In addition to these incredible new provisions, the Amendments Act also includes clarification of and emphasis for existing regulations, such as the requirement of timely assistance, including in boarding and deplaning, for all passengers with disabilities. With only a few exceptions, this is really the amendment to the ACAA that I have been calling for and it fulfills needs that I have thoroughly outlined—repeatedly—on this website.

For the full text of the bill, and for updates on its status, click here.

Barriers to Passage

The bill was read twice in the United States Senate and sent to the Committee on Commerce, Science and Transportation. It could easily die there, for a number of reasons.

A provision protecting passengers with emotional support animals will certainly draw the ire of the general public and lawmakers alike. The bill, if it should become law as written, would require the Transportation Secretary to issue new regulations “protecting the ability of travelers to use emotional support animals in air transportation” and “prohibiting air carriers from requesting medical documentation regarding the need for a service animal.”

Due to the widespread abuse of emotional support animal protections, such a provision might be opposed by the public, lawmakers, the airline lobby, persons with pet allergies and, perhaps, some elements of the disability community.

Just as they did with the original Air Carrier Access Act, airlines are likely to stand in strong opposition to additional regulation, falsely claiming that they have adequately met the standards already in place. In this case, it is important to recognize the industry’s contributions to members of Congress and, at this juncture, contributions to senators serving on the Commerce, Science and Transportation committee. The following members of that committee received significant campaign contributions from airlines over the past two years, noted below.

  • Sen. Ted Cruz (R-TX) — $166,248
  • Sen. John Thune (R-SD, Committee Chair) — $47,490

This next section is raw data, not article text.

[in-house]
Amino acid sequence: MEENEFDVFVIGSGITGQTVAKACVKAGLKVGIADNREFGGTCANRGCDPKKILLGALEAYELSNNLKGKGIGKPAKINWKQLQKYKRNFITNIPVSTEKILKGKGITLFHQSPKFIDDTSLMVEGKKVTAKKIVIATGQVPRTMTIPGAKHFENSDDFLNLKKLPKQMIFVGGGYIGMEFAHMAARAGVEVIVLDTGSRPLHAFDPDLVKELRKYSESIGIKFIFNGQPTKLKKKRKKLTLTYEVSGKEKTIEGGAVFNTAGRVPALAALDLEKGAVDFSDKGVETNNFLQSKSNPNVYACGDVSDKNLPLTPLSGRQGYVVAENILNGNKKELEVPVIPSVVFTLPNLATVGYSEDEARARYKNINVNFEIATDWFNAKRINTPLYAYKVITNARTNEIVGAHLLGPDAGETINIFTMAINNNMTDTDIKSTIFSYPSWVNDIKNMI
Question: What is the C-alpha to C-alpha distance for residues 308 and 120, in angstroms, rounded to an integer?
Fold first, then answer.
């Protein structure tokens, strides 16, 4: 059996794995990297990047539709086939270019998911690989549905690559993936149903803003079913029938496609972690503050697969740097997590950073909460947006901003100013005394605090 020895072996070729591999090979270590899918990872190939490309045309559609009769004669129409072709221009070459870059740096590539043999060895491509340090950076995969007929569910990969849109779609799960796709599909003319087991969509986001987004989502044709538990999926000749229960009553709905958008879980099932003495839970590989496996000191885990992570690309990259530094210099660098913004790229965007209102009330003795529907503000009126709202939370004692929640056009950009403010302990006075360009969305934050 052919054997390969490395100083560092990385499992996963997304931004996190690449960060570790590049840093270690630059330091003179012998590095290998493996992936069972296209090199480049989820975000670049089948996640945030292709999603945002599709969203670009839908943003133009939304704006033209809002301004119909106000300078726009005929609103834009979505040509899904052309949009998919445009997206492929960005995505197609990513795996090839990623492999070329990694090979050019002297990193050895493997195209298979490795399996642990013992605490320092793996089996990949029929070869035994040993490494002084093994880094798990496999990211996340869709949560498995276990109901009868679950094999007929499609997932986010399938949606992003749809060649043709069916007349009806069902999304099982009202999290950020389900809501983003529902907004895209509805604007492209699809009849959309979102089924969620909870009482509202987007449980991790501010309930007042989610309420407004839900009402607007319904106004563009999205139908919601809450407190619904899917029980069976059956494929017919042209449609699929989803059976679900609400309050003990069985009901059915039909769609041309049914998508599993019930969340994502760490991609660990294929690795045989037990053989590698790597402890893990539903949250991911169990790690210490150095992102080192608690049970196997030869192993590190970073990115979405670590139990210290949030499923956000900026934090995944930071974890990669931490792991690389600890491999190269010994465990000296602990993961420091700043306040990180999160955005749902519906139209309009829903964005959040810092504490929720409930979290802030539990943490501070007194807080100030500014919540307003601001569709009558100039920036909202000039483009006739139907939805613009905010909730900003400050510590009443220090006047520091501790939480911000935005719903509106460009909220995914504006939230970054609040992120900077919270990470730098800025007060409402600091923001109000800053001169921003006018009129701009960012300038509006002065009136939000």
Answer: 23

• Sen. Roy Blunt (R-MO) — $33,450
  • Sen. Bill Nelson (D-FL, Ranking Member) — $31,100
  • Sen. Amy Klobuchar (D-MN) — $31,050
  • Sen. Brian Schatz (D-HI) — $23,735

The figures listed above were sourced from I have listed only those senators receiving more than $20,000 in contributions from airlines, and who also serve on the committee in question. While I am not accusing any of the senators listed above of improper attention to donors, we must remain cognizant of the fact that money does play a role in American politics.

TAKE ACTION—Support This Bill!

The Air Carrier Access Amendments Act represents our opportunity for disability equality in air travel! We cannot allow the U.S. Senate to consider this bill without our voices being heard! As someone who has taken more than 500 flights as a triple amputee and wheelchair user, the ACA Amendments Act would be the greatest step forward in accessibility in air travel since President Regan signed the ACAA in 1986.

TELL YOUR SENATOR that this bill would change your life and open the world to you! If your senator is a member of the Committee on Commerce, Science and Transportation, YOUR VOICE is especially important!

IF YOU LIVE IN Alaska, Connecticut, Colorado, Florida, Hawaii, Illinois, Indiana, Kansas, Massachusetts, Michigan, Minnesota, Mississippi, Missouri, Nebraska, Nevada, New Hampshire, New Jersey, New Mexico, Oklahoma, South Dakota, Texas, Utah, Washington, West Virginia or Wisconsin, at least one of the committee members is YOUR SENATOR, whether you voted for them or not. Reach out. Speak your mind. Tell them how life-changing this law could be for you and your peers in the disability community. For a full list of committee members, click here.

If you are unsure who your representatives in Congress are or wish to locate their contact information, click here. Remember that e-mails, phone calls and letters ALL work! Make your voice heard! And please be sure to share this article with your friends and family members so they can help our cause, too!

Please do your part to move our community of travelers with disabilities forward into an accessible future!